Wildlife Conservation Society
WCS discovered the currently unnamed, brown-and-orange monkey last year in Bolivia's Madidi National Park, the most biologically rich protected area on earth situated in South America's poorest nation. Over the past few centuries, newly discovered species have been named after royalty, patrons of science, and even the explorers themselves, such as the Queen Victoria crowned pigeon, Rothschild's giraffe and Roosevelt's elk.
"This is conservation at its most pragmatic," said WCS President and CEO Dr. Steven Sanderson. "The auction will give the public a chance to help Bolivia safeguard one of the world's crown jewels for wildlife, reminding us that the future of conservation is on everyone's shoulders."
WCS Conservationist Dr. Robert Wallace, who discovered the monkey, said the auction will raise money to protect the park from illegal settlements and unsustainable resource extraction. All funds generated from the naming will go to Bolivia's park service for better enforcement, protection and management of Madidi and its wildlife.
"As a wildlife biologist, it's a once-in-a-lifetime opportunity to discover a large mammal species, and an extreme honor to name it," Wallace said. "But it's far more important that the species habitat remains protected, which is why WCS has decided to work in partnership with Bolivian park authorities SERNAP and FUNDESNAP to auction its name to the highest bidder. This opportunity is for someone who wants to leave behind a truly lasting legacy that they cared about conservation and wildlife."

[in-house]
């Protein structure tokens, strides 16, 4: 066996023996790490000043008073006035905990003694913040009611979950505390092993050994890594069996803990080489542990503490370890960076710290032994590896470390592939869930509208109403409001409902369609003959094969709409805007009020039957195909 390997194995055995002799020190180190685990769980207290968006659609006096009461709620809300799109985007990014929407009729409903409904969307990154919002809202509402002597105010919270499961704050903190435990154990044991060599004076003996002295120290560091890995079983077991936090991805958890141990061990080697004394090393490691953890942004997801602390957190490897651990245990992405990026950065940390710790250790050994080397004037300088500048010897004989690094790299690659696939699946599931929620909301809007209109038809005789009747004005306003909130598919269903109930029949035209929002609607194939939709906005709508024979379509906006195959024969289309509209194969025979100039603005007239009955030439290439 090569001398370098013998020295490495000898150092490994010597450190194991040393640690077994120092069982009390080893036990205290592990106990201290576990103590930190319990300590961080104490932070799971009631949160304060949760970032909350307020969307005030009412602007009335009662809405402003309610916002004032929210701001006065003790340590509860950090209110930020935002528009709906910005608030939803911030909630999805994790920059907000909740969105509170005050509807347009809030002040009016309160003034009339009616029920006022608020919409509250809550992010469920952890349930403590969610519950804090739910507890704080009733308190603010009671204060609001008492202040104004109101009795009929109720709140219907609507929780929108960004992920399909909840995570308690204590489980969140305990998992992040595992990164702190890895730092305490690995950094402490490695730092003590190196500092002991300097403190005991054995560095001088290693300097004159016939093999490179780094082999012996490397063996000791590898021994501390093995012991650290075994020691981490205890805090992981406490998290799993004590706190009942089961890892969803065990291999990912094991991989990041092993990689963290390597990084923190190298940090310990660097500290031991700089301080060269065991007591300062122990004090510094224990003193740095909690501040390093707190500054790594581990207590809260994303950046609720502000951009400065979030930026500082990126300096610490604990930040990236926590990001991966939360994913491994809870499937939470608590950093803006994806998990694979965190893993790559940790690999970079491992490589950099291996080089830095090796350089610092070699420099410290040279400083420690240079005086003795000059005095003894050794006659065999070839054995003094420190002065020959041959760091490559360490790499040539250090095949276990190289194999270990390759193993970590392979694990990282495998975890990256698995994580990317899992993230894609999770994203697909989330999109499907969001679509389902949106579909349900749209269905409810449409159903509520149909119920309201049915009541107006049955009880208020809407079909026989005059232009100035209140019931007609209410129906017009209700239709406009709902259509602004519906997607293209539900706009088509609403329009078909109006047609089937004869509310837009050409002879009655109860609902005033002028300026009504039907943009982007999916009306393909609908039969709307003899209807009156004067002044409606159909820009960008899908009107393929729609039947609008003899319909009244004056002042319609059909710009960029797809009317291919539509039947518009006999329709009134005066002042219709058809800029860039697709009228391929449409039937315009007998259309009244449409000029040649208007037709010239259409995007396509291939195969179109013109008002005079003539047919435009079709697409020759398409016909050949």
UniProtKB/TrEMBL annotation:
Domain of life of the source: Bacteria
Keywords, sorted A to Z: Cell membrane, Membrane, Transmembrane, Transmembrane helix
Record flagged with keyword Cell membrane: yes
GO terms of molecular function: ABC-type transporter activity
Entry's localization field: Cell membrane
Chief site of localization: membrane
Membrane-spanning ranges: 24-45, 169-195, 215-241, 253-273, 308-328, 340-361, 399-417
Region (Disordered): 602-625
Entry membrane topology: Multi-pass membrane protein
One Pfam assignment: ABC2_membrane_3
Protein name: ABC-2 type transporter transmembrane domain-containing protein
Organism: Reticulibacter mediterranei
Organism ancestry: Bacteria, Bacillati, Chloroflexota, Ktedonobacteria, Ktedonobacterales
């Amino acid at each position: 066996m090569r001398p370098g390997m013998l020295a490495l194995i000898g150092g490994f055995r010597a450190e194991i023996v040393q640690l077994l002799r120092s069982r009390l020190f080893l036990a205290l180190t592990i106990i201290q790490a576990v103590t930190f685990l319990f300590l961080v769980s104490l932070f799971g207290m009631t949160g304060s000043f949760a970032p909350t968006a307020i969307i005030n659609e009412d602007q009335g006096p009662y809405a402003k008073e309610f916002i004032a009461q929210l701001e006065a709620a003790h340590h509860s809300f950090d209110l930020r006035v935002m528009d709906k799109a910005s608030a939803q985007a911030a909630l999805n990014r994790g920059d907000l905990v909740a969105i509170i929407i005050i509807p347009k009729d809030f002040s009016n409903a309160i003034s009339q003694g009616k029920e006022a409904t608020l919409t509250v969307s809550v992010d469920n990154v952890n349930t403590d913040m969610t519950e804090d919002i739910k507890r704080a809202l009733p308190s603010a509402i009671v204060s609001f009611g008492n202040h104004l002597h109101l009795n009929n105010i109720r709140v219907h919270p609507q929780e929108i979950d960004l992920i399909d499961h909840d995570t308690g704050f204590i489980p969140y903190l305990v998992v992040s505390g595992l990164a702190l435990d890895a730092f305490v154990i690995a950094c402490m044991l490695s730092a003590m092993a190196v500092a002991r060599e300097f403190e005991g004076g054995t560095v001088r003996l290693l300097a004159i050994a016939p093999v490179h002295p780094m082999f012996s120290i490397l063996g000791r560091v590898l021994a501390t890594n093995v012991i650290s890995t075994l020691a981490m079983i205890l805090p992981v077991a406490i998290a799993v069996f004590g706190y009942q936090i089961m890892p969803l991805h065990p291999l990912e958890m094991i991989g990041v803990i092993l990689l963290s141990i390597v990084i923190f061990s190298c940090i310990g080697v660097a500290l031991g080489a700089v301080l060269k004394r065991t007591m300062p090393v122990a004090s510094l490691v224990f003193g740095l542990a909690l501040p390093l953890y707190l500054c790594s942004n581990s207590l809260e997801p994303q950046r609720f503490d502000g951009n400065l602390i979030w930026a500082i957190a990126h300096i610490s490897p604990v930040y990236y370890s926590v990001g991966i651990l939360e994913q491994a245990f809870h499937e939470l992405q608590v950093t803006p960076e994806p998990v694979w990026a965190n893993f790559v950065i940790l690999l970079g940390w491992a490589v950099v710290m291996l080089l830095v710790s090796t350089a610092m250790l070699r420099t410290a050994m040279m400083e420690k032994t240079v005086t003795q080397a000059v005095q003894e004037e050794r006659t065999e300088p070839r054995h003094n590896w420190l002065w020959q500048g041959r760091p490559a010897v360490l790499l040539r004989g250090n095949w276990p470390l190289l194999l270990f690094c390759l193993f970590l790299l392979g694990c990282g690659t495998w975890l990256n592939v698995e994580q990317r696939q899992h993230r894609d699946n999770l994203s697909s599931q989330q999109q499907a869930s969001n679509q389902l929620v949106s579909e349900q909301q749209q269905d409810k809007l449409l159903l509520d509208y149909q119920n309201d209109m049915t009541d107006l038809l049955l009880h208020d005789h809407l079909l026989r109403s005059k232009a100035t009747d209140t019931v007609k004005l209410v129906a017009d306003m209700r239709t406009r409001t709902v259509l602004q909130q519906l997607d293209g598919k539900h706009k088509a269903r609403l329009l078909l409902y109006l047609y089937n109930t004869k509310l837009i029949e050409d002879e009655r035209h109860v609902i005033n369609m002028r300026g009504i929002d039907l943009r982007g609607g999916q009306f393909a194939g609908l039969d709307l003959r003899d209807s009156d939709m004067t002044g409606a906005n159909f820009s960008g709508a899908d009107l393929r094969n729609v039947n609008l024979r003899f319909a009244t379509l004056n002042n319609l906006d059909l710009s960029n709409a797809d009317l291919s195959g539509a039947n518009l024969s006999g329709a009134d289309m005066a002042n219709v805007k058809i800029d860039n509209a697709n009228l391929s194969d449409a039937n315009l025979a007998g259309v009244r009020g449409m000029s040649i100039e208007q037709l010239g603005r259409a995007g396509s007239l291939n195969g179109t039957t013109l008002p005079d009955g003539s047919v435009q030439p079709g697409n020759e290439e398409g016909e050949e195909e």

The high bidder will have the name of their choice permanently entered into all future references, including scientific publications, field guides, and other publications, that mention the new species. Madidi National Park, established in 1995, contains a stunning array of habitat types – from lowland forests to alpine meadows surrounded by glaciers – all in an area about the size of New Jersey. Besides the new monkey, inside its border live healthy populations of jaguars, giant river otters, over 1,000 bird species and many varieties of rare orchids and other unique plants.
According to Wallace, very little is known about the new monkey except that it stands about a foot tall, weighs two pounds and likes fruit. In the morning pairs of them gather and "duet," calling back and forth while clutching each other in what resembles a human embrace.
For more information about the auction, and to place a bid, visit www.charityfolks.com/monkey. To learn more about Madidi National Park, visit www.wcs.org/madidimonkey.
EXCELLENT FOOTAGE AND PHOTOS AVAILABLE; INTERVIEW OPPORTUNITIES WITH DR. ROBERT WALLACE
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